In a post a week or so ago, I referenced an article about the move to electracy and the previous shift from orality to literacy. During each shift there is a level of resistance and uncertainty that insists the new method of communication will bring about certain problems. Plato was especially opposed to the new technology of writing during his time. He argued that written text would impede memory skills and lose the interactive dialogue that oral discussions foster. And indeed, the move to literacy did cause many of the unique characteristics of an oral society to disappear with history.
Now, obviously, there are many objections to the current shift in communications. Plato was correct in his fear that interaction would be lost with literacy. A written text cannot answer questions or clarify any issues the reader may have since the writer is removed from his or her work; text is often not interactive. The same principle applied when mass media became prominent. Television broadcasts and radio transmissions reach large audiences, sometimes even millions of people, with a message at one time, but those millions of people cannot respond with their thoughts or reactions. Nor can the group that is broadcasting the message know how it is received on an individual basis. For decades, the main forms of communication were not interactive on a large scale.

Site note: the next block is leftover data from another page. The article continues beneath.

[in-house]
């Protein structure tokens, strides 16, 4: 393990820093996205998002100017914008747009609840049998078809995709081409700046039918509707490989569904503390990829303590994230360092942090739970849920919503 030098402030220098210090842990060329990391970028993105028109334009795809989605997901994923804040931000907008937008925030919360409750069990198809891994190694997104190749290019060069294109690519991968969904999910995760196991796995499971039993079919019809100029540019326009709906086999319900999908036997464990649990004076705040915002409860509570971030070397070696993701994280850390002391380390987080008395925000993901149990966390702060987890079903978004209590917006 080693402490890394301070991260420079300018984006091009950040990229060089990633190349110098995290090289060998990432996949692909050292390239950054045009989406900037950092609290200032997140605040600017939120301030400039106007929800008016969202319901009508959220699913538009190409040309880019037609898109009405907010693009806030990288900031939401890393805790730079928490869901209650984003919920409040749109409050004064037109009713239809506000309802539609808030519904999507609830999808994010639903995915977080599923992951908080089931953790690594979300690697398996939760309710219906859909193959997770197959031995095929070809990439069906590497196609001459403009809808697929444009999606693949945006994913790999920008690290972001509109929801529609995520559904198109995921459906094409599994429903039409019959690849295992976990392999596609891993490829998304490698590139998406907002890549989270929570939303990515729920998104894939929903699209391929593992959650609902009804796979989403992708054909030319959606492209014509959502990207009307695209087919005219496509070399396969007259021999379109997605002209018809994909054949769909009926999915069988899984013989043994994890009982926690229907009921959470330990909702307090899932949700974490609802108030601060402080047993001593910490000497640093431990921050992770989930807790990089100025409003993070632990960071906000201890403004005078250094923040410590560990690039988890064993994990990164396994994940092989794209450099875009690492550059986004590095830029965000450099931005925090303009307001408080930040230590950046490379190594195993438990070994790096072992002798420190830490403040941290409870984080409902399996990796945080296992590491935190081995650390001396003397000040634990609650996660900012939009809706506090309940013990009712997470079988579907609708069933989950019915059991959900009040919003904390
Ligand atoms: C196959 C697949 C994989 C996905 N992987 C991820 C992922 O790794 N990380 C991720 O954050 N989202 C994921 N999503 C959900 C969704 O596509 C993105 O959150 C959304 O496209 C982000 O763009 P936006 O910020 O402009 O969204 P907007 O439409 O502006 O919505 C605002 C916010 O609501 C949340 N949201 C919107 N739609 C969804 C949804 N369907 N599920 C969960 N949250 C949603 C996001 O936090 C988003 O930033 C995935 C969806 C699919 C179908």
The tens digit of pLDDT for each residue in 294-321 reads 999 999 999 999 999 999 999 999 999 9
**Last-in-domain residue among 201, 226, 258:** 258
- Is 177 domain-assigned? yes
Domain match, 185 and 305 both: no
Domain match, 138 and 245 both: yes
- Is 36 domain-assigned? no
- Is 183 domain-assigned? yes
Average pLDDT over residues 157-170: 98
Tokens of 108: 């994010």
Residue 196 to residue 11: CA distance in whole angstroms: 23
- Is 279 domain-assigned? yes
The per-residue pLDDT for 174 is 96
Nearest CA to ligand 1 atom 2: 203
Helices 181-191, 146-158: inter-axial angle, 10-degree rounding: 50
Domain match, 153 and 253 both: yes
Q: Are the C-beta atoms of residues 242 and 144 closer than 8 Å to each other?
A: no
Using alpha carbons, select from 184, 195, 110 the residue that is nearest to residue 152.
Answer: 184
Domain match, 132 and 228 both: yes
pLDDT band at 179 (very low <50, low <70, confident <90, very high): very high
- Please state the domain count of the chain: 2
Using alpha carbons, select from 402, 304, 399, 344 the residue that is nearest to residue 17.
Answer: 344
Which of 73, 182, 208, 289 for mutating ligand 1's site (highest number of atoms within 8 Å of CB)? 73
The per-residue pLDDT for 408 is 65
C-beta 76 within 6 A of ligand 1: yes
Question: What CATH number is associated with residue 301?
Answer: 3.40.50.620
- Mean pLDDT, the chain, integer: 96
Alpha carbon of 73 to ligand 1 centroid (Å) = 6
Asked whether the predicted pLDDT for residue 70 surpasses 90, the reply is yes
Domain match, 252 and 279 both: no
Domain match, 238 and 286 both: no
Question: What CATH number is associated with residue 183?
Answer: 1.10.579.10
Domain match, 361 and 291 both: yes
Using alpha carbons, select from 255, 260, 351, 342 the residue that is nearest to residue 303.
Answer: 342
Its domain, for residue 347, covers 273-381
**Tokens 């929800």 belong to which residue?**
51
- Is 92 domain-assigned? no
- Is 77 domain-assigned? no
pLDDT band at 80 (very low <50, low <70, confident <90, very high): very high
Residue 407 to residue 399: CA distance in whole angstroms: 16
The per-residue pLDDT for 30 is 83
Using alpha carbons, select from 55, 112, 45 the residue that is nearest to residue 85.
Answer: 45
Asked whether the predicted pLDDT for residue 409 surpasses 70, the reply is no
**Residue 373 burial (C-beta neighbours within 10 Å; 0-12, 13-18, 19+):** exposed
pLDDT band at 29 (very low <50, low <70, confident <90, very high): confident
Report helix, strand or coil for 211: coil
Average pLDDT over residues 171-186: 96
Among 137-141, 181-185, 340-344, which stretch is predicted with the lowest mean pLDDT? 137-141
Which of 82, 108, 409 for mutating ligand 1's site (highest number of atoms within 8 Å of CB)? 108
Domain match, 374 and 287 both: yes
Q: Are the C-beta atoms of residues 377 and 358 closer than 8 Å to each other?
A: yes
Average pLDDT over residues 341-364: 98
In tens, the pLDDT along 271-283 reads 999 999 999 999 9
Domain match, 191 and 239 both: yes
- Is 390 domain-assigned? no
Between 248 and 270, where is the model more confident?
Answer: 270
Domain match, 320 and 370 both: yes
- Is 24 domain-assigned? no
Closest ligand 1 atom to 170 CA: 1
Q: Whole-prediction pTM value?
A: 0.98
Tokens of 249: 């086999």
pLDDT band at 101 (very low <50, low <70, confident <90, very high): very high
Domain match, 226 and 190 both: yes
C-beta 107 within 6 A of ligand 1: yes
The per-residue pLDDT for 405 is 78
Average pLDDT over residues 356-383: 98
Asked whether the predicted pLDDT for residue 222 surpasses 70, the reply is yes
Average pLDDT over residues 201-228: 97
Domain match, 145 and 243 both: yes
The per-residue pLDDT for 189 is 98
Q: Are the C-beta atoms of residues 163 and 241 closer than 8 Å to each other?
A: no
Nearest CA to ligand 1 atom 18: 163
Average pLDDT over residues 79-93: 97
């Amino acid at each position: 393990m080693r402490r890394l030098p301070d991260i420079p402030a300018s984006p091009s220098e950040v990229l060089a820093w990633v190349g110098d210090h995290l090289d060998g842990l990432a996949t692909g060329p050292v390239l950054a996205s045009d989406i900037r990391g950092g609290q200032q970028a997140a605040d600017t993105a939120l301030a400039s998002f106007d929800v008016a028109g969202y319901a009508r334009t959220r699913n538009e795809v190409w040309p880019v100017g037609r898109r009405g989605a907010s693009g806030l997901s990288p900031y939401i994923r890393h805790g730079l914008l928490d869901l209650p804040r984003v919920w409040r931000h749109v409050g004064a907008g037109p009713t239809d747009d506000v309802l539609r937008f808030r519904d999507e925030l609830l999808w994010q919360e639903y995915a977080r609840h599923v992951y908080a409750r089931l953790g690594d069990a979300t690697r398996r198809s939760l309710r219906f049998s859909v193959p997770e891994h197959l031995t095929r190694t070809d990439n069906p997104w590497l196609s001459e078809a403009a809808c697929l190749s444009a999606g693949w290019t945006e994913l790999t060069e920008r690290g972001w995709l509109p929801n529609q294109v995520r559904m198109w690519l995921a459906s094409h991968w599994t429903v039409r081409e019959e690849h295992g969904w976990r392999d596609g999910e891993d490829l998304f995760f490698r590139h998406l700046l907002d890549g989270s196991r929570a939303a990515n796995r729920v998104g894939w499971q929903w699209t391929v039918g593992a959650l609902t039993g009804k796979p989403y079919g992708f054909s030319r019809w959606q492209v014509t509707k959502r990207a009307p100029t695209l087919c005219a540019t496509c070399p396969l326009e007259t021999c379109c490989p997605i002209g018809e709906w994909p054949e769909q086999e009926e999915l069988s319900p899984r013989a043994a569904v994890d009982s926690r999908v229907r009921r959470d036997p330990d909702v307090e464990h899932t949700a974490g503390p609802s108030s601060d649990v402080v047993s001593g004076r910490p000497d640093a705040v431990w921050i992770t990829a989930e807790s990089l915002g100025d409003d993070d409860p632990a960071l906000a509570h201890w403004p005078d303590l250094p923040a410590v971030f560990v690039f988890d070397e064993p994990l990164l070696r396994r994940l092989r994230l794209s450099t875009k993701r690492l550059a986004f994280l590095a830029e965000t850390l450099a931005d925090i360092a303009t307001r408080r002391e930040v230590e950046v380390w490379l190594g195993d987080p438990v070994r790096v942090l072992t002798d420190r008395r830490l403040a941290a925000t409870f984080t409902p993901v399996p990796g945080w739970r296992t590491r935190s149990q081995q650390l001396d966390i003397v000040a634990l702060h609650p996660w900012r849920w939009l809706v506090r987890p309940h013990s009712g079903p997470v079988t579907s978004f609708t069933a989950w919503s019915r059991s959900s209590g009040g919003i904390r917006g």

Many people view the Internet as a tool to change the one-sidedness of mass media; in fact, it already has in many ways. Newspaper and magazine publications have moved their publications online, where readers can leave comments and post in forums in response to certain issues and articles. Some news sites also offer features that allow a viewer to post a video detailing his or her opinion. Blogs still employ written text, but readers are able to leave comments as well. And often, the writer will respond. This may be the interaction Plato was hesitant to give up. The Internet allows interactive dialogue between individuals that revolve around written text, though the scale of the audience (or participants) is much smaller than that of mass media. The common saying concerning an ordinary person’s “fifteen minutes of fame” has been applied to the everyday Internet publisher: he or she is famous to fifteen people. And those fifteen people are all that is necessary to cultivate discussion and community, which is enough to satisfy even Plato.